Dr. Ted Long, head of New York City’s new Test and Trace Corps, defended the program Sunday and said 69 per cent of the people who completed interviews provided contacts. 

‘We think that’s a strong start but we also do want to get that number up,’ Long told The Associated Press.

Long said the 35 per cent figure cited by Halkitis represents a percentage everyone who the tracers reached, and some of those people, including some who have not had COVID-19 symptoms for weeks, don’t have relevant contacts to provide. 

Dr. Ted Long, head of New York City's new Test and Trace Corps, defended the program Sunday and said 69 per cent of the people who completed interviews provided contacts.

Dr. Ted Long, head of New York City’s new Test and Trace Corps, defended the program Sunday and said 69 per cent of the people who completed interviews provided contacts.

The program will be more successful when tracers start going to people’s homes in the next week or two rather than relying on the phone, says Long.

So far there have been more than 208,000 cases in New York City of the coronavirus, which has been blamed for more than 17,000 deaths and almost another 5,000 probably deaths.

Across the country, there have been almost 2.3 million confirmed cases of COVID-19, which has been blamed for close to 120,000 deaths.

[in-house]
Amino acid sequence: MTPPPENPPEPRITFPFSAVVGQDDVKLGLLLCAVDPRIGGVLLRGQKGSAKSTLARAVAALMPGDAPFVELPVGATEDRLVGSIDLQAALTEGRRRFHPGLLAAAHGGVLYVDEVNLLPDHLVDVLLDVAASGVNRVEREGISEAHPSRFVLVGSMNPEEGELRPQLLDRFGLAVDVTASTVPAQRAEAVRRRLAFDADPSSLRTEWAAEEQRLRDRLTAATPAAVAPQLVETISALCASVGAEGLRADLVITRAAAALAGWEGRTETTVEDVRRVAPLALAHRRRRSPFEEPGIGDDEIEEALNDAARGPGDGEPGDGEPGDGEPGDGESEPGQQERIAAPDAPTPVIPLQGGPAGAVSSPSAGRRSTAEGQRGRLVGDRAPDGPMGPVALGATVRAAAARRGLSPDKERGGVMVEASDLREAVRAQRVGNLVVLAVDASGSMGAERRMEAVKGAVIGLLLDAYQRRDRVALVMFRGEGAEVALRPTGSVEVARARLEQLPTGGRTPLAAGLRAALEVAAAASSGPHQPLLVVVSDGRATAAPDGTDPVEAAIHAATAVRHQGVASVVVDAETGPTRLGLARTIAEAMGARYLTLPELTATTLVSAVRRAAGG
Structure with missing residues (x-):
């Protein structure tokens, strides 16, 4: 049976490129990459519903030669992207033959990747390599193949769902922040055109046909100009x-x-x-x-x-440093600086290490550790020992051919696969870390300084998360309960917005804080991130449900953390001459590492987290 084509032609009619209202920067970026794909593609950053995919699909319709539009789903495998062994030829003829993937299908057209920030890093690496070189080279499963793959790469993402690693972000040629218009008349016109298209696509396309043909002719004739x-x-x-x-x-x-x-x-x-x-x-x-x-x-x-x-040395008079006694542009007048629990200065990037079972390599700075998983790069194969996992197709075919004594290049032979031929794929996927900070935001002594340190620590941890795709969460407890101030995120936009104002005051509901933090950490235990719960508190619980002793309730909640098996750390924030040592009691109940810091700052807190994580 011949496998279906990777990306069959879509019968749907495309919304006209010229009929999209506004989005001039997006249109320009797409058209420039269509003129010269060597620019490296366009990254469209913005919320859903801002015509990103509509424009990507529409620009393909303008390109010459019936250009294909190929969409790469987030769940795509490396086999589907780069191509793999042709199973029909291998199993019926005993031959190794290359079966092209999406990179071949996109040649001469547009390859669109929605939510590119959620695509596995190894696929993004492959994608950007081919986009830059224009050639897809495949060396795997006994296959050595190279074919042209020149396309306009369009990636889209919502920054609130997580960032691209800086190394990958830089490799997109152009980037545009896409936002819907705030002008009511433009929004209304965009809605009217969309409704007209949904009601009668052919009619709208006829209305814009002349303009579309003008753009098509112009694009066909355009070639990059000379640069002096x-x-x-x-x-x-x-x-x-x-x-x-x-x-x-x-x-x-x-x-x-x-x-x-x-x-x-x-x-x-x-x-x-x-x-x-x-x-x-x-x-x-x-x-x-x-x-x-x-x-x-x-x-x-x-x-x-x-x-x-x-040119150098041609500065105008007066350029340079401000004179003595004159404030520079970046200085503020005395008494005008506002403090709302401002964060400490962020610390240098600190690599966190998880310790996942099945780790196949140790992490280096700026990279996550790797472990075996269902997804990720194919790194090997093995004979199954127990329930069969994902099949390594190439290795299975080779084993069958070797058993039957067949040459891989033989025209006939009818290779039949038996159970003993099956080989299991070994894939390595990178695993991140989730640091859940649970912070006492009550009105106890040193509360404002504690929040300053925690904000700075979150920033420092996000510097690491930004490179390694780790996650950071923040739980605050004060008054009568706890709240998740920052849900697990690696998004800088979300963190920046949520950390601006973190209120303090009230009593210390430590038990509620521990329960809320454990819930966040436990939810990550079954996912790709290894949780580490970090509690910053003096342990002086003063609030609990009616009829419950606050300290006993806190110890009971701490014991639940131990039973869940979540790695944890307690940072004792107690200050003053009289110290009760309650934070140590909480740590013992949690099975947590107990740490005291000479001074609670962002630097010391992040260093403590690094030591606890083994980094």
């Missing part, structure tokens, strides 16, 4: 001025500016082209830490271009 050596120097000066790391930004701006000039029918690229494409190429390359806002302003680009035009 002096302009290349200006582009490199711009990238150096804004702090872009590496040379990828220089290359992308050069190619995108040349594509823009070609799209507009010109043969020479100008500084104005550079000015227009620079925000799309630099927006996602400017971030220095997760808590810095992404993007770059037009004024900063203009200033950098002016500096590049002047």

On May 18, New York State Governor Andrew Cuomo announced that having enough tracers – 30 for every 100,000 people – was one of the requirements he was insisting upon before allowing different regions across New York to reopen.  

In New York City, that meant employing 2,520 to undertake the tracing for the reopening, which began its second phase today. 

The city has made huge strides in containing the outbreak since a coronavirus shutdown started in March, with more than 320 new cases reported on Thursday, down from several thousand a day during the peak. 

New York has done well containing the outbreak since a coronavirus shutdown started in March, with more than 320 new cases reported Thursday, down from thousands a day during the peak. A patient is loaded into a New York ambulance by emergency personnel in masks